New Yorker Adolpho Rollo is your classic head-movie auteur. In his mind, he's creating deathless classics of the screen. Back in the real world, he can't pay the rent on the downtown grothole he calls home.
A neurotic nebbish lives in 2 worlds: the fantasy of winning his dream-girl via a hit movie, and the meager existence he scrapes out from very odd jobs, such as thesping in an arty no-budget flick. His beautiful object is his next-door neighbor Angelica, who's understandably preoccupied with her own life, as an illegal immigrant and single mom. Aldolpho Rollo's writing his unending masterpiece screenplay from a walk-up NYC flat, in-between peering at debtors through his peephole. AR's hopes to win her love take wing via another angel, a shady high-roller who definitely has the self-confidence, and promises the cash Aldolpho craves, to produce the auteur's vision.Written by
Although intended to be shown in black and white, the film was shot in colour for economic reasons. In the UK, the colour version was released on rental video, but the sell-through version was black and white. See more »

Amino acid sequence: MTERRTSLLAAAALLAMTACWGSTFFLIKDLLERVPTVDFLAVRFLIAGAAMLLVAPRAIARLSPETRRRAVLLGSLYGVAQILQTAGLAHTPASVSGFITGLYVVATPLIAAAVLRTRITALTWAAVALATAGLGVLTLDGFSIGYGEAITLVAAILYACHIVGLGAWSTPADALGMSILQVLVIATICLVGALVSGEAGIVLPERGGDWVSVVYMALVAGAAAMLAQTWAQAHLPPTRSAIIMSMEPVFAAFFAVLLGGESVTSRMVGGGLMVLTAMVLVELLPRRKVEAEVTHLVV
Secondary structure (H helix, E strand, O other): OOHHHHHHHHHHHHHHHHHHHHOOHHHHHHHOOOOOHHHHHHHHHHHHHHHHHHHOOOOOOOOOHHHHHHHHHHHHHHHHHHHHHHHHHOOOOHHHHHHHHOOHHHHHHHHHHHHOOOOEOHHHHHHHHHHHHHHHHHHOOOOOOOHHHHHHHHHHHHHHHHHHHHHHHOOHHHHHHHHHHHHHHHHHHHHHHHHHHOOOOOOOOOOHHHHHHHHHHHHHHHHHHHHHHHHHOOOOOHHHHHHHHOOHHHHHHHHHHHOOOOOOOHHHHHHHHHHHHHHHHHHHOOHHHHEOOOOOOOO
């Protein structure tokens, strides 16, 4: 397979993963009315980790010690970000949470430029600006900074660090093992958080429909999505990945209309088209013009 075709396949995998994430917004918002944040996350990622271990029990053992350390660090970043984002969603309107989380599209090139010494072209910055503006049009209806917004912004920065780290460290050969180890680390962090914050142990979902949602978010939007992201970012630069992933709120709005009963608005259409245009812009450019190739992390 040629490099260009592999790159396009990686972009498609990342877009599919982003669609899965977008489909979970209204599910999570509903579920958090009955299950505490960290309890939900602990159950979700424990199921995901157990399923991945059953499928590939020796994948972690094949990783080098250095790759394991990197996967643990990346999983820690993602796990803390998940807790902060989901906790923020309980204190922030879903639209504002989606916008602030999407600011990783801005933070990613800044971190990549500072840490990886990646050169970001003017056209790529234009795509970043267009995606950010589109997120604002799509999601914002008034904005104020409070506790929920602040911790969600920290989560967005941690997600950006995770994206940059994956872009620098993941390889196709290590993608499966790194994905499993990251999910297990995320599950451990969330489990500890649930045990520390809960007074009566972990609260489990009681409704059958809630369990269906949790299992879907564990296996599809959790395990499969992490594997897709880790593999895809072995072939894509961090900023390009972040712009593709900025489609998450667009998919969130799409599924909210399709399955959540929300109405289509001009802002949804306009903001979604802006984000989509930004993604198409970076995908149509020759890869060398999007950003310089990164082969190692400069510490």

Thanks for Amazon and their: people who bought this... also bought "In the Soup",
I ordered it. I am a fan of Steve Buscemi, so "hey you got no complaints".
What a delightful surprise this movie turned out to be. The lovely Jennifer Beals has aged so gracefully (she looks even better here than in Flashdance; more rounded out character too) and Seymour Cassel should have been nominated for an Oscar in this, I believe, mostly ignored movie. Can't even find a Roger Ebert review of it, and he usually has a nose for unusual, but good movies.
Speaking of noses, Cassel is a delight who delights in existing from day to day, always ready for an adventure, a surprise, or a bit of crime and a bit of a ca-noodle. Poor Buscemi, who is a dreamer with a script for the "great American movie" and hasn't had much of a life, is at first thrilled to meet the potential film financier (Cassel), then becomes a bit frightened of him and in the end realizes he grew as a person and made some friends and possibly can make a more simplified version of his movie after all.
Don't want to give much more away. The lovely black and white vignettes, following each other quickly give you a taste of life in a squalid part of New York. It is European in execution, a bit film-noir-ish, but unique, entertaining, and touching.
The singing rent collectors are a hoot-!
Don't miss it!
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